It emphasizes collaboration between state and non-state actors in determining priority areas for engagement and the design and implementation of programs. It also calls for the promotion of gender equality and women’s participation.

However, until recently, the implementation of the framework has been lagging; the African Union has been more preoccupied with peacemaking and peacekeeping efforts than with post-conflict reconstruction.

Recommendations and the way forward

The real challenge is to design better-informed, more comprehensive conflict management strategies -- including all the various actors involved -- to address the root causes of the respective conflict in all aspects and dimensions. In this regard, in the planning and implementation of strategies and programs designed to prevent, manage, and sustainably resolve violent conflicts, the following requirements should be given adequate consideration:

  • Deep-rooted understanding of the conflict dynamics, trends, and drivers through the conduct of a comprehensive conflict analysis and mapping and linking the outcomes thereof to programming priorities and objectives.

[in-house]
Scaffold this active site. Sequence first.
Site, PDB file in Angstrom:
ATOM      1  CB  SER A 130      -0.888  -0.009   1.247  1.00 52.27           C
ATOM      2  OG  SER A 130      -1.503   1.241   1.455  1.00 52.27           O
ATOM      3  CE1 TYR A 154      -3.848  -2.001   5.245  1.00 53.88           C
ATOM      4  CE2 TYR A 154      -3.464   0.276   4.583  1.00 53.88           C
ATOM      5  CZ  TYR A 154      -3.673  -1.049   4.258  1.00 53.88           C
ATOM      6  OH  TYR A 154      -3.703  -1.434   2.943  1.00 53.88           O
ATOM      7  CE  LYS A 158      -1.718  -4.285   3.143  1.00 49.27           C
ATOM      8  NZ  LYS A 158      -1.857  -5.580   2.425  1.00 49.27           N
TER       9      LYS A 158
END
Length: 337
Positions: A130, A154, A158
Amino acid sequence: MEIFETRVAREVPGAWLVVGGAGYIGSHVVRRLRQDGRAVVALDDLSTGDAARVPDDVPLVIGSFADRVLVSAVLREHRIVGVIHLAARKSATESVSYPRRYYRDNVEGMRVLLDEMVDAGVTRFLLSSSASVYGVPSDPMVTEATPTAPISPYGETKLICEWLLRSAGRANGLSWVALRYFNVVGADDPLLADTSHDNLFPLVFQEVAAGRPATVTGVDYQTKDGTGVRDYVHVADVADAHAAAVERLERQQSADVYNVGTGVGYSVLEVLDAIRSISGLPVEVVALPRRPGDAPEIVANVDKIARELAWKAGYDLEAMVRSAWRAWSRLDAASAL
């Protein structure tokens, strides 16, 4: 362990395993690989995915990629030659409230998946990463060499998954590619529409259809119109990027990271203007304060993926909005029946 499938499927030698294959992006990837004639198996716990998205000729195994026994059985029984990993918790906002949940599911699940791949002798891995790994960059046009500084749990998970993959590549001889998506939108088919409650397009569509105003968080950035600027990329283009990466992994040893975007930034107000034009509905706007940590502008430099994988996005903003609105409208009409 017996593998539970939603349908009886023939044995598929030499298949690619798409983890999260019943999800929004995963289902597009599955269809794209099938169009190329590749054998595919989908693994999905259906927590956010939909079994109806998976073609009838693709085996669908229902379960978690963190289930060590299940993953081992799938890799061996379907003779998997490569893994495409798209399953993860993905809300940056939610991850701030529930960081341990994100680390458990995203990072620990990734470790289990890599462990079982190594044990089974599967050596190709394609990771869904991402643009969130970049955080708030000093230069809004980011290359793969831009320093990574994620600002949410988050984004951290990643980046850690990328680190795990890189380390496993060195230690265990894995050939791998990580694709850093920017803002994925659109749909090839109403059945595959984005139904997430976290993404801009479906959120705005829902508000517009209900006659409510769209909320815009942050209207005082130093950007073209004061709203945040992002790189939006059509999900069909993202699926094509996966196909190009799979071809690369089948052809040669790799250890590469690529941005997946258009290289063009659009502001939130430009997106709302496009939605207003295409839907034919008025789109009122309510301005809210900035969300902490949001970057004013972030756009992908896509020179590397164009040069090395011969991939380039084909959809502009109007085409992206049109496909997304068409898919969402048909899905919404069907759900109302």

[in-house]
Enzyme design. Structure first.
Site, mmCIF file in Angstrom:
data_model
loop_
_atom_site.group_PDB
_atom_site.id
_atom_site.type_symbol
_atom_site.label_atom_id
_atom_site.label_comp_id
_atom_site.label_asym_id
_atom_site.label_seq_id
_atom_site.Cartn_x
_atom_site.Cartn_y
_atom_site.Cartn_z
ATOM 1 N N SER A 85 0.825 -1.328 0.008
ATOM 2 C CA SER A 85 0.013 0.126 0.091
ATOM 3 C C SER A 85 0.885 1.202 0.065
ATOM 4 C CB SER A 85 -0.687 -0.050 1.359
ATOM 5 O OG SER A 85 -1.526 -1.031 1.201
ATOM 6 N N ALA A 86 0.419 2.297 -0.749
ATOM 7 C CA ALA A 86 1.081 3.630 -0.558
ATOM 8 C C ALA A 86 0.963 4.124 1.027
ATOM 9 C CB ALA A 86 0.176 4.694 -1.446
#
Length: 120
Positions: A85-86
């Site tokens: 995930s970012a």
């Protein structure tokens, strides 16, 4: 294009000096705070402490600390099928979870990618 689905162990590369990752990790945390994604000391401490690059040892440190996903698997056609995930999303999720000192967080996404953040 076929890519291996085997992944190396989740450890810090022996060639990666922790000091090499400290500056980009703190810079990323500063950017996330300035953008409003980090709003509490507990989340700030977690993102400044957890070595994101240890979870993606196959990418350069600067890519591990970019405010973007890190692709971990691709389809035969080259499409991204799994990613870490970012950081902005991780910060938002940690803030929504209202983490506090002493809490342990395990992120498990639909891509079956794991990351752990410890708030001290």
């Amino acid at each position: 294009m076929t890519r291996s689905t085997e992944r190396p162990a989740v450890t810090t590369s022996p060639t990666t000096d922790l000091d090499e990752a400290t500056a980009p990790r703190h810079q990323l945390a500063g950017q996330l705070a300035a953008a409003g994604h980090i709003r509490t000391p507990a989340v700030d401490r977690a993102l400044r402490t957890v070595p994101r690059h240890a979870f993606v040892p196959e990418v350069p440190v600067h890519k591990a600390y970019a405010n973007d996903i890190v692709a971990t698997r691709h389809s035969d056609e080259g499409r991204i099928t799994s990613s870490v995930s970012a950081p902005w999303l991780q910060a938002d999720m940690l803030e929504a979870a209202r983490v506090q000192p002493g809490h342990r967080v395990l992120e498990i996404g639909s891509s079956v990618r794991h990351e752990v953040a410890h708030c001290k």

• Adoption of a holistic approach (rather than piecemeal). But this is often difficult to translate down to a practical level because of contextual difficulties, the multiplicity of actors, the lack of political will, and/or human and financial resources.
  • National and local ownership: the affected countries set their own strategies and agendas for addressing the root causes of the conflict and donors and international actors to align behind the objectives and priorities of their national partners. This also includes the need to prioritize local actors (i.e. local NGOs, authorities, etc.)
  • Civil society and community engagement are key in efforts towards lasting peace and development.
  • Promoting inclusive development across all communities and parts of societies, including women, youth, and elderly: Eradicating poverty and fighting inequality and ensuring food security and basic livelihoods for all citizens.

Promoting youth employment: If youth cannot be productive members of our society they will feel disenfranchised and marginalized with possible attendant negative consequences for political and societal stability within a country. Marginalized youth may gravitate towards violence as a means to an end.